Sunday, December 27, 2009

The Coach Of The Decade

I've been trying real hard to come up with a synopsis of the last decade. Whether it's trying to explain how tragic it is that Radiohead seems to be the defining band of the 00's or how the internet has born an age of amateurs, nothing seems to be really important enough to collect my thoughts. But just as the decade was wrapping, and time seemed to be dwindling, Jim Caldwell came into my life.

The Colts were 14-0. Their last two games were against the Jets and the Bills; two teams prime for a beating. On the line was the title for the greatest football team there ever was, and solidifying Peyton Manning as the greatest quarterback of all time. Immortality was staring them in the eye. And their coach chose personal criticism over shooting the moon. This pisses me off.

Any trend over the last decade can be disputed and construed as personal and irrelevant. Perhaps I just don't understand Radiohead or couldn't feel the importance of Slumdog Millionare. Okay, I concede. But sports has one trend that cannot be disputed: the men that make the decisions are, in fact, affected by the media.

Let's get inside the mind of Jim Caldwell, or more accurately, our minds in Caldwell's position. We have one of two options; either play for 16-0 and football God status, or rest your starters. 16-0 sounds pretty good, right? So what's the upside of sitting Peyton Manning? That would be to save face in case you implode in the playoffs. If you lose, like Bill Belichick lost, after running the table in the regular season, your decision to rest or not rest your starters would be crux of criticism for the entire season and offseason. The debate between rest and momentum would define the year. This is, of course, a completely fake, media-based argument.

And that's alright, because that's what the media does. But a head coach of an NFL team - a 32 person fraternity - shouldn't be affected by this. In fact, he makes a lofty sum of money NOT to be affected by such things. But he obviously was. His own perception overruled his team's success. Why else would you not go for perfection?

When did the want for acceptance override the want for a win? In this decade, that's where. The 2000's is where perception became more important that anything else. Why else would a football man - a competitive man - not want to win?

Sports has become not a projection of excellence, but a mirage of calculated, over-thought analysis of what will work. Jim Caldwell is a prisoner of this new perception. He is not a football coach who made a bad decision. He is the coach of the decade.

Monday, December 14, 2009

The Dark Future of College Football

If there is one common trait amongst all American people, it may be the belief that anything that has been around for thirty years or more is here to stay. Yes, we can all agree that the Backstreet Boys and Sega Genesis aren't going to stand the test of time, because they couldn't even stand the test of a decade. But the Beatles and The Godfather cannot be argued; they've been culturally relevant for thirty-plus years, so they must matter a hundred years from now. Right?

This is flawed logic and certainly a product of the 24 hour news cycle and new media. So if you try to spark debate on whether or not football can fail in this country, you are met with very hostile disdain. Football is American lifeblood. There is no possible way that the people will get fed up with it. College or professional, football is here to stay. Right?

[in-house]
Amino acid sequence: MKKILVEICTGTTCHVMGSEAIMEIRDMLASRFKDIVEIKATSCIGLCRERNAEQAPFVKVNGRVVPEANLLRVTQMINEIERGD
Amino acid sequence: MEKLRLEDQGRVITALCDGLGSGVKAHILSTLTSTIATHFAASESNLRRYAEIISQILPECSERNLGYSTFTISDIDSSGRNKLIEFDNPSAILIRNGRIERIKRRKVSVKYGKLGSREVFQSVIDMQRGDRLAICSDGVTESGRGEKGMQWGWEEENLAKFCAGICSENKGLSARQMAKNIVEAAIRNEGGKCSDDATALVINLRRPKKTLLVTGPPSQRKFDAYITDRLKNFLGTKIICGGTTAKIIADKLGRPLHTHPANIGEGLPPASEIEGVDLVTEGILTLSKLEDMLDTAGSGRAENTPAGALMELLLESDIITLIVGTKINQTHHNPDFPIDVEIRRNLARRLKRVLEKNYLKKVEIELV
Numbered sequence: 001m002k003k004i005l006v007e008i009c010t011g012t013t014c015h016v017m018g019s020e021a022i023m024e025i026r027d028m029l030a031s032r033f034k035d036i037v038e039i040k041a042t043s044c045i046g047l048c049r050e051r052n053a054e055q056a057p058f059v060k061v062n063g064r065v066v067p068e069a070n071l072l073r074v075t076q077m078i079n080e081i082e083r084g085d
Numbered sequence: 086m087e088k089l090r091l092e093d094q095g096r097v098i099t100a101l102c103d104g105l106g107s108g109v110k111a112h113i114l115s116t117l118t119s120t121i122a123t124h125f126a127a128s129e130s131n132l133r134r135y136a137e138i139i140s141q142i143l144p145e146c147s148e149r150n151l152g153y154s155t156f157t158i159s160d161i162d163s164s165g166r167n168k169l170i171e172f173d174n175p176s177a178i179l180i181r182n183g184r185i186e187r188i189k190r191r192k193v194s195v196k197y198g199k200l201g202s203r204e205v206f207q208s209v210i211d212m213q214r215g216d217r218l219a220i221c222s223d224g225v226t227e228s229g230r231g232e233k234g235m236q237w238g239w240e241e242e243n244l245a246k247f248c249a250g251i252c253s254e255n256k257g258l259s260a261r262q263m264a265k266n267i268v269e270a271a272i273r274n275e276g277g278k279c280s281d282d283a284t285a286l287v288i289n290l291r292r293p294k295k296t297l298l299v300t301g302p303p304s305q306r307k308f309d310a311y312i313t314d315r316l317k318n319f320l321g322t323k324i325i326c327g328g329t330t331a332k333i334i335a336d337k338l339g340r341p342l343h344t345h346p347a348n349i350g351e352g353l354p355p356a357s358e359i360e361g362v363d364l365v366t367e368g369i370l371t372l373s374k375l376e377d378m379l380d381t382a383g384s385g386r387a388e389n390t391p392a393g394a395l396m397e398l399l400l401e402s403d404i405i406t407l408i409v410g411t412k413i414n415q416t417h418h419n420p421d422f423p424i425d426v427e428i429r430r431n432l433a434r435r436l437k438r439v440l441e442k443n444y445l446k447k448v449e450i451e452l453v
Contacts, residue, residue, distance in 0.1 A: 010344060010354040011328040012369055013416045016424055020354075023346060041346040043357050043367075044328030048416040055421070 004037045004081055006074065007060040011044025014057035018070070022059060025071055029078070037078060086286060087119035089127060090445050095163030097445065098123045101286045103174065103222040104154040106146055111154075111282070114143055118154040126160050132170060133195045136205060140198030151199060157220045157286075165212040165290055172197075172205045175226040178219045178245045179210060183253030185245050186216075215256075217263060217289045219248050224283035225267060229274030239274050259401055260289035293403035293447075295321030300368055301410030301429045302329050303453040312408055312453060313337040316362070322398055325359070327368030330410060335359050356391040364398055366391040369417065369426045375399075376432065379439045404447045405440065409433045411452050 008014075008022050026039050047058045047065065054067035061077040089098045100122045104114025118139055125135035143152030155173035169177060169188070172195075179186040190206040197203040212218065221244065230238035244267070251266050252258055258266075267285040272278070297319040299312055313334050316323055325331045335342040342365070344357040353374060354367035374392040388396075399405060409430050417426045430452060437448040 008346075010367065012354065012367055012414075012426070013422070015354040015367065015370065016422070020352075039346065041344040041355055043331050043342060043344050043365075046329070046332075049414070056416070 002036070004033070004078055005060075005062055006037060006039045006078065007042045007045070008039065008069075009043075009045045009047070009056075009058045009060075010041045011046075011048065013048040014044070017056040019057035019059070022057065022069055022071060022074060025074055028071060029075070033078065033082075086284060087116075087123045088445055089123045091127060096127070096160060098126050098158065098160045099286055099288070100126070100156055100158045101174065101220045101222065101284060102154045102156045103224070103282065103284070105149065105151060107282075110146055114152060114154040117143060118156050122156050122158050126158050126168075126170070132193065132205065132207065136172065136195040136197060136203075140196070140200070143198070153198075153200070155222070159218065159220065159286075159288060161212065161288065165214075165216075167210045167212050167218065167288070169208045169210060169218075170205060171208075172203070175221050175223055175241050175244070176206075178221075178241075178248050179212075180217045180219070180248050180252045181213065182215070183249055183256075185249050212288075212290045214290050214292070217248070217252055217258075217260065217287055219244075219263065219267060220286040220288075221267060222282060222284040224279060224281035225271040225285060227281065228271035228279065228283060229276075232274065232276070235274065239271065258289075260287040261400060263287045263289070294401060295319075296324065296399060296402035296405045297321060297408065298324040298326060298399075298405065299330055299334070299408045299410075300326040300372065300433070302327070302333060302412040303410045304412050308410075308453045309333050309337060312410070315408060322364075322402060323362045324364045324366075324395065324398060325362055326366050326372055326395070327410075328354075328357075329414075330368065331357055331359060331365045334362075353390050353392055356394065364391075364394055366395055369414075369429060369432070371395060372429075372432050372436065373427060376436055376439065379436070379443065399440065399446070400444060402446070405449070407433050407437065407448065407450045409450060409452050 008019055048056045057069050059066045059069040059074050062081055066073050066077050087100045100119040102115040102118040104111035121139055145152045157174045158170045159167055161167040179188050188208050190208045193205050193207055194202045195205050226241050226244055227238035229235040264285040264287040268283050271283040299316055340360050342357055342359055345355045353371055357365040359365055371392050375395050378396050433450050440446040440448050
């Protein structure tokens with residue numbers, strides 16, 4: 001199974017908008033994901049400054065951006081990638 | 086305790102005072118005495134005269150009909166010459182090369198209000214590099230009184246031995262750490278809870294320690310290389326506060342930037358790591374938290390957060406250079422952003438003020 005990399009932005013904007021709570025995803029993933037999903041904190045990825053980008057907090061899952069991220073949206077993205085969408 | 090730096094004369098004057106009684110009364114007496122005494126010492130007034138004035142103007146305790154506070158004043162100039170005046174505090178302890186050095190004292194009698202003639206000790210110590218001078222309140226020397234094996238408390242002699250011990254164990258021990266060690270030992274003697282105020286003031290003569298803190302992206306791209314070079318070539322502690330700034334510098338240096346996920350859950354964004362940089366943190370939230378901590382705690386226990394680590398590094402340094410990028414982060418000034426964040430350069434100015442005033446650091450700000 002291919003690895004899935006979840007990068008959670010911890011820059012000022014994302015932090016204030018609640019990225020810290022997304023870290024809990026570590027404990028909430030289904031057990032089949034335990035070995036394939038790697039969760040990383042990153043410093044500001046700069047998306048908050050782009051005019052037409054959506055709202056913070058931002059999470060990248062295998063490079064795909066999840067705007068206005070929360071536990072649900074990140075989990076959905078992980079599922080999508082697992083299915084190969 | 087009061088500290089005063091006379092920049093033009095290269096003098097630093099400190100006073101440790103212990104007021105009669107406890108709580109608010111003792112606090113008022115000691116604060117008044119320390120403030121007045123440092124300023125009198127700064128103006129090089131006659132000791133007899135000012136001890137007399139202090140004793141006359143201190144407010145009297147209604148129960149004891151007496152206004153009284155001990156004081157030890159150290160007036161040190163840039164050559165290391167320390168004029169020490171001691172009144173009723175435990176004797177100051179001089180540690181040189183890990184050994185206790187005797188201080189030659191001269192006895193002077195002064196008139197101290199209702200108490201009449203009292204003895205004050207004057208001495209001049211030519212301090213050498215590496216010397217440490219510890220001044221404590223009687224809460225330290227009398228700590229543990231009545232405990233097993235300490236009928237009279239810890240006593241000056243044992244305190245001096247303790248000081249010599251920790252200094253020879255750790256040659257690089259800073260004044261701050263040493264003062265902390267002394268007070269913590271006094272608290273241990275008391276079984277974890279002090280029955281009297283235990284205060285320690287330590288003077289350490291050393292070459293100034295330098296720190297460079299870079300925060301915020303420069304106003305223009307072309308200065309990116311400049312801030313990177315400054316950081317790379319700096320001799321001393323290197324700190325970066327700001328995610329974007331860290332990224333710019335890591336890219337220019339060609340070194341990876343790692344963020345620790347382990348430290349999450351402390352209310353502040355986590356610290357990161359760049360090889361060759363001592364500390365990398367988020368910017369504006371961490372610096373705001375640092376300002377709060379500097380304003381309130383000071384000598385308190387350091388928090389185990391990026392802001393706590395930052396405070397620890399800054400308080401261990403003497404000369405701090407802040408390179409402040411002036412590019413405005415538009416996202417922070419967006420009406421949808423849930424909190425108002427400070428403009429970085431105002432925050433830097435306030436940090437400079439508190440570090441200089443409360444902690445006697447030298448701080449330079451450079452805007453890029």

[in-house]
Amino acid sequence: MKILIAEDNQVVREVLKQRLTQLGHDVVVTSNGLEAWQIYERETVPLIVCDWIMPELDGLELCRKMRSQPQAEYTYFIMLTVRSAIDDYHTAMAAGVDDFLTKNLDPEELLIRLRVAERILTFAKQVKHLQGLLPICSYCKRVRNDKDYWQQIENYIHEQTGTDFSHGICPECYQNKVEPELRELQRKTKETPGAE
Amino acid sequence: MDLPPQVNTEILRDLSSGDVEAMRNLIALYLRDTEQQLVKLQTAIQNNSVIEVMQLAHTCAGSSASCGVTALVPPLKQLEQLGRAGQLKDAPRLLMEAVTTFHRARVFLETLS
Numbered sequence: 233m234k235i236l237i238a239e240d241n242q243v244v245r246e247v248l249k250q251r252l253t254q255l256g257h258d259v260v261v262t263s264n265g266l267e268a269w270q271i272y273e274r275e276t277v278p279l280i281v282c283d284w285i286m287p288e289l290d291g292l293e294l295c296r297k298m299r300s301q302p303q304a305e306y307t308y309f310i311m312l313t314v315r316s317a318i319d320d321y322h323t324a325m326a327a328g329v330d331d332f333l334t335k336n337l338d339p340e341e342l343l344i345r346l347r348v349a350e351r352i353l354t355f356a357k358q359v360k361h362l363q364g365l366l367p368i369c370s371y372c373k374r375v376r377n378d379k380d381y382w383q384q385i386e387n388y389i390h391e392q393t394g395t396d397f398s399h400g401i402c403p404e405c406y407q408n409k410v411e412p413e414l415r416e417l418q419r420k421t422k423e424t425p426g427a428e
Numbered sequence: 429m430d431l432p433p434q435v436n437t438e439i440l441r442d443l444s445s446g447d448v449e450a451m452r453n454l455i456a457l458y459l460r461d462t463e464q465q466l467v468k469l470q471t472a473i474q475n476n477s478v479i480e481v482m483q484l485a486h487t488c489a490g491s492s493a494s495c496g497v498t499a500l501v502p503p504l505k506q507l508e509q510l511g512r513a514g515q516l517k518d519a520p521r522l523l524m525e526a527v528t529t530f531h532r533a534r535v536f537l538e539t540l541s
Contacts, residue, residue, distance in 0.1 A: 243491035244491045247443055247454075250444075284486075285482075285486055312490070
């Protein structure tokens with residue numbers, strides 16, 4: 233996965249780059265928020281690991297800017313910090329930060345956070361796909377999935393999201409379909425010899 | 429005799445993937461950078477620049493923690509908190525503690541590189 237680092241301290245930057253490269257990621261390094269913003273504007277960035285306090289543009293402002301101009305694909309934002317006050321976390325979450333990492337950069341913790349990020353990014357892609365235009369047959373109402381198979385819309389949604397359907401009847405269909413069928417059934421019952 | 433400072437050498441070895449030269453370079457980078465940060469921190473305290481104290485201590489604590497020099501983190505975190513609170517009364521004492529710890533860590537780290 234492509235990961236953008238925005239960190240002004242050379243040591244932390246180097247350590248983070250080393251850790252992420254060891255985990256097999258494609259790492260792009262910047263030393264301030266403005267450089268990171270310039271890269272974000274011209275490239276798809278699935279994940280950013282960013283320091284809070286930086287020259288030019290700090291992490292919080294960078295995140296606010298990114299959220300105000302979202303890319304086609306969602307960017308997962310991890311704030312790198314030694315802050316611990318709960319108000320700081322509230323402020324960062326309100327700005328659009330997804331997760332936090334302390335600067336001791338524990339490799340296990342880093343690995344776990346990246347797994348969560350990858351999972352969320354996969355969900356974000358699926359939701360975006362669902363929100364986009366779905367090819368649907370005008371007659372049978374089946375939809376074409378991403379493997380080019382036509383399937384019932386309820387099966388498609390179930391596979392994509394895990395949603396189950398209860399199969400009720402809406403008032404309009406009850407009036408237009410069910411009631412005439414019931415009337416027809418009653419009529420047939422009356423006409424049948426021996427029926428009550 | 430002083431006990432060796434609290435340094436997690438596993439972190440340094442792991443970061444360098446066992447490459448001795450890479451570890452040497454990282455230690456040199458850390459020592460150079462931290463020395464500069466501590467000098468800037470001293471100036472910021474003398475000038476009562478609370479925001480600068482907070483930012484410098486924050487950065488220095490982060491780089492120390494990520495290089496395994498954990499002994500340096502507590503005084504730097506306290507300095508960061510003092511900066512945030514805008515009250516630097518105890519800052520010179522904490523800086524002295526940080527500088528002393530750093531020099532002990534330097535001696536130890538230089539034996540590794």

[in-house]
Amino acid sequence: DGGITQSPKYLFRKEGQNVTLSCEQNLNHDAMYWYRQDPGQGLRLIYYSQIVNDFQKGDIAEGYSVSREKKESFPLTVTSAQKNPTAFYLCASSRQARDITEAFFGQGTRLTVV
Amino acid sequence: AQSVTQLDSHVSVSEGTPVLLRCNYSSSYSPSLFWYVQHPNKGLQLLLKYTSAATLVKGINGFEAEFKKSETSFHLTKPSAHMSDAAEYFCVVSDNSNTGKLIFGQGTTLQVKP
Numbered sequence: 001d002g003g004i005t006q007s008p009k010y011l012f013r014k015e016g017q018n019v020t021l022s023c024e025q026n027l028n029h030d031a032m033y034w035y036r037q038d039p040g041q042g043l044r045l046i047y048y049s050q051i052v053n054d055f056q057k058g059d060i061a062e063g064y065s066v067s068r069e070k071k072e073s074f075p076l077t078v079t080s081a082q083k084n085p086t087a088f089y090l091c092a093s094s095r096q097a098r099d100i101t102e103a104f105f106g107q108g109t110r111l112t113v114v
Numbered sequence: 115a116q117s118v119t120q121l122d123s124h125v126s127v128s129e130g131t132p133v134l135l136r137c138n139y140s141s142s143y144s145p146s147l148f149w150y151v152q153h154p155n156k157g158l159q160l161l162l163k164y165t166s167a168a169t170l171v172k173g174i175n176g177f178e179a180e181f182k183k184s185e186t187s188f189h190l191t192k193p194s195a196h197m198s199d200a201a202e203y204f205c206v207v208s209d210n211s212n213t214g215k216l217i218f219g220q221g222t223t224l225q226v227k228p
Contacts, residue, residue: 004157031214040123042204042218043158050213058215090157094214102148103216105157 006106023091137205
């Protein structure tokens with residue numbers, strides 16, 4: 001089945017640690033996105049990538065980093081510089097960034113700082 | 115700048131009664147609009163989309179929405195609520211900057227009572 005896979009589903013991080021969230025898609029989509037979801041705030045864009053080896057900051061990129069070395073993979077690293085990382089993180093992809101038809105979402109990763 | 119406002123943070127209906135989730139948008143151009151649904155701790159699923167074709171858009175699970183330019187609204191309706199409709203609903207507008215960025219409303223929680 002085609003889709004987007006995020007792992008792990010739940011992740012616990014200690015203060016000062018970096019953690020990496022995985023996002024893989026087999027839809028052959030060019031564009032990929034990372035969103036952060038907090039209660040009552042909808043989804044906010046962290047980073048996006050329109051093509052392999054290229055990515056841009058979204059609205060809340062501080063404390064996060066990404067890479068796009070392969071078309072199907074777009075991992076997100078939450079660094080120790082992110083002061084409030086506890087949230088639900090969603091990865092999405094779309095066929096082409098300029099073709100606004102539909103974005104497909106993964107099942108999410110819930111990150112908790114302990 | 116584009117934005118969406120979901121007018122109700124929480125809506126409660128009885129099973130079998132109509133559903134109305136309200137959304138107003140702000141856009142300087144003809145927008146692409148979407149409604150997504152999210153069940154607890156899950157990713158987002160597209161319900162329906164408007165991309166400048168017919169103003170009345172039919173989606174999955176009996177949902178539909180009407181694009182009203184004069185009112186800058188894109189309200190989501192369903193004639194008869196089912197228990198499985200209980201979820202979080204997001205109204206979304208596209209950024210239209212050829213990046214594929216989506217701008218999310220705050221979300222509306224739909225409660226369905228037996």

I've felt this fear for the NFL for a while now. Up until the last decade or so, football had been seen as a violent sport amongst death-dealing Gladiators. But with new rules and new concerns over players' safety, the game has evolved into something unlike the football I grew up with. Some may argue that the NFL is doing what Major League Baseball has refused to do - evolve with the times - which is exactly why it will survive. I'll concede that point for now.

Since that is the NFL's biggest hurdle, it should be fine. However, college football has another problem that is much bigger, and in my opinion, cause for much more concern. That problem? Arrogance.

NCAA football looks fine now; good ratings, great interest, television coverage all around. But let's look at its problems, which are well documented. The BCS is the main culprit. We all know why we hate it, so to save space I won't explain. Now think of the other complaints. Lack of black head coaches (the old boys' club) and the Heisman Trophy (biased) are the two main points I always hear. What do those all have in common? Arrogance.

See, the college football world exists in a vacuum. Though 99.9% of the fans think the BCS should be scrapped, the men who run the show just turn their heads. And they get away with it. It's the same thing that hurt George W. Bush so badly; not that the love of money and power was the ruling philosophy, but that this fact was so blatantly rubbed in our faces. The BCS heads know that their system isn't very good, but they don't care. "Deal with it", they say.

It's this same mentality that allows a majority of black players to be coached by old white guys. Ironically, it is this same dichotomy that makes the NBA so watchable. But I feel the relationship between basketball players and their coaches is actually more empowering for the black players (more on this at another time). In football, it's purely an Old Boys system, just the way it is.